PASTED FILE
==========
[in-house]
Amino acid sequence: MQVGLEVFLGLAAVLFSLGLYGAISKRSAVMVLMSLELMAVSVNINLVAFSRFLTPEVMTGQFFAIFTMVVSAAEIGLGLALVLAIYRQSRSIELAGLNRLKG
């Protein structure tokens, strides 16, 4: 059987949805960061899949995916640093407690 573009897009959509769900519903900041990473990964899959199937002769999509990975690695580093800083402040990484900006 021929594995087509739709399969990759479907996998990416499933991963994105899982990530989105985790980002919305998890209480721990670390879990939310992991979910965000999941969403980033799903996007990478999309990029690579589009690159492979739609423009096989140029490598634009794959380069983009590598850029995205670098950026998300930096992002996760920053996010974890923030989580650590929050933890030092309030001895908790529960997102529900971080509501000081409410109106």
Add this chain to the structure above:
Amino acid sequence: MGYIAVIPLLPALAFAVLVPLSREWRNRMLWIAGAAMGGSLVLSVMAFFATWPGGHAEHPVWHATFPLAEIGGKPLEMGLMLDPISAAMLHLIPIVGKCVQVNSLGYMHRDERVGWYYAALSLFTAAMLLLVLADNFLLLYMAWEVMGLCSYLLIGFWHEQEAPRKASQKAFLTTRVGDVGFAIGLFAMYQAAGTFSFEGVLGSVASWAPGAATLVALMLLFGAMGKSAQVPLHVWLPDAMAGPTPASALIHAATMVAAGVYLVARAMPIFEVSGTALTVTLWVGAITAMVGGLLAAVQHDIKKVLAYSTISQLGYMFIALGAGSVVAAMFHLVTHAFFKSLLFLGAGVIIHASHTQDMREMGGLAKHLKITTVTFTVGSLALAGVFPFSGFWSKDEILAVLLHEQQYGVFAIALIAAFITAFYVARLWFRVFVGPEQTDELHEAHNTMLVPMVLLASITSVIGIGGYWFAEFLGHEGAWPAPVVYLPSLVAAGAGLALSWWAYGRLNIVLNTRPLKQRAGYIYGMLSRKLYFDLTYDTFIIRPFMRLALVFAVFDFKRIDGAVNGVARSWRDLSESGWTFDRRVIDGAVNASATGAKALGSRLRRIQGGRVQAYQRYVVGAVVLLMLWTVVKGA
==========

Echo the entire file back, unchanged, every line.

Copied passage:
[in-house]
Amino acid sequence: MQVGLEVFLGLAAVLFSLGLYGAISKRSAVMVLMSLELMAVSVNINLVAFSRFLTPEVMTGQFFAIFTMVVSAAEIGLGLALVLAIYRQSRSIELAGLNRLKG
């Protein structure tokens, strides 16, 4: 059987949805960061899949995916640093407690 573009897009959509769900519903900041990473990964899959199937002769999509990975690695580093800083402040990484900006 021929594995087509739709399969990759479907996998990416499933991963994105899982990530989105985790980002919305998890209480721990670390879990939310992991979910965000999941969403980033799903996007990478999309990029690579589009690159492979739609423009096989140029490598634009794959380069983009590598850029995205670098950026998300930096992002996760920053996010974890923030989580650590929050933890030092309030001895908790529960997102529900971080509501000081409410109106």
Add this chain to the structure above:
Amino acid sequence: MGYIAVIPLLPALAFAVLVPLSREWRNRMLWIAGAAMGGSLVLSVMAFFATWPGGHAEHPVWHATFPLAEIGGKPLEMGLMLDPISAAMLHLIPIVGKCVQVNSLGYMHRDERVGWYYAALSLFTAAMLLLVLADNFLLLYMAWEVMGLCSYLLIGFWHEQEAPRKASQKAFLTTRVGDVGFAIGLFAMYQAAGTFSFEGVLGSVASWAPGAATLVALMLLFGAMGKSAQVPLHVWLPDAMAGPTPASALIHAATMVAAGVYLVARAMPIFEVSGTALTVTLWVGAITAMVGGLLAAVQHDIKKVLAYSTISQLGYMFIALGAGSVVAAMFHLVTHAFFKSLLFLGAGVIIHASHTQDMREMGGLAKHLKITTVTFTVGSLALAGVFPFSGFWSKDEILAVLLHEQQYGVFAIALIAAFITAFYVARLWFRVFVGPEQTDELHEAHNTMLVPMVLLASITSVIGIGGYWFAEFLGHEGAWPAPVVYLPSLVAAGAGLALSWWAYGRLNIVLNTRPLKQRAGYIYGMLSRKLYFDLTYDTFIIRPFMRLALVFAVFDFKRIDGAVNGVARSWRDLSESGWTFDRRVIDGAVNASATGAKALGSRLRRIQGGRVQAYQRYVVGAVVLLMLWTVVKGA